Feature Article - July 2009
Find a printable version here

Nature and Nurture

Trends in Play Design

By Emily Tipping

The traditional equipment included in these play gardens might include swings, tire swings and climbing structures. Other possibilities include items that can be manipulated to help children learn more about themselves and their environment—items like easels for painting, water, sand and mud tables for manipulating natural elements, musical instruments, stepping stones, dramatic play houses and more. "More naturalized features include recirculating streams, sand play, stream play, hiding bushes, a bush maze, secret forest and gardening areas, Stoecklin added."

Green UP

Many manufacturers have been paying attention to park directors and other facility owners who say they want greener options. As a result, they have adjusted their practices to use more recycled—and recyclable—materials.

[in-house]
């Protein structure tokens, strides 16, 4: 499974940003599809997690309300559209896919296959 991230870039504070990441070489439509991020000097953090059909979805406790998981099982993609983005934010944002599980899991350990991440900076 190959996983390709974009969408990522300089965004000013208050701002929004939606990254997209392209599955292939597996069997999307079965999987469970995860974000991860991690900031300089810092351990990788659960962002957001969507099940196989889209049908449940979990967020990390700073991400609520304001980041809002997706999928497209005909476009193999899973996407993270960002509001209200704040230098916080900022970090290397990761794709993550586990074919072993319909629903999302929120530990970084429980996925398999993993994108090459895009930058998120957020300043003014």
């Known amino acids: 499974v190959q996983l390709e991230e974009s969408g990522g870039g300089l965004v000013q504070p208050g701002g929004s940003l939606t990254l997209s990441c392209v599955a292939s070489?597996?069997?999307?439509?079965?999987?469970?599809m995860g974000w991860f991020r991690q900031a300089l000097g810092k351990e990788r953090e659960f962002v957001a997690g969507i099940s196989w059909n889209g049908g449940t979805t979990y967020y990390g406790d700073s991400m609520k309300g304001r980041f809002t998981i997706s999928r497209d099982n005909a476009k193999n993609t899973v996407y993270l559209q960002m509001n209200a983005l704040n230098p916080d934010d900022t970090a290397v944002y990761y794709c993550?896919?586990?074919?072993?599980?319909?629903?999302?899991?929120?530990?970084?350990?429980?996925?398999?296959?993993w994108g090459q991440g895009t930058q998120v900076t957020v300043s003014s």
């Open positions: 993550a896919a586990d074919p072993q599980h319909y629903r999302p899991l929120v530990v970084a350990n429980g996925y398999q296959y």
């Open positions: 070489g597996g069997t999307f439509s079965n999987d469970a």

If environmental responsibility is a critical part of your mission, look for a playground manufacturer that is ISO 14001 certified. This standard gives the requirements for environmental management systems, and certification verifies that the business is operating in an environmentally sustainable manner.

Many manufacturers also now offer advice on earning credits toward LEED (Leadership in Energy and Environmental Design) credits from the U.S. Green Building Council.

One company takes its environmental measures another step further by donating a portion of every playground sale to purchase enough trees to offset the carbon dioxide produced while manufacturing that specific playground.

The same company recently conducted a study in partnership with NRPA, which revealed that 96 percent of respondents, from parks and recreation agencies, agreed that parks and recreation agencies should paly a leadership role within municipal government in protecting the environment. But just 68 percent said their agency does a good job of researching and purchasing environmentally preferable products.

What is an environmentally preferable product? One that has "a reduced negative effect or an increased positive effect on human health and the environment when compared with competing products that serve the same purpose." These effects could be impacted at any point in the product's lifecycle: raw materials acquisition, production, fabrication, manufacturing, packaging, distribution, reuse, operation, maintenance and disposal.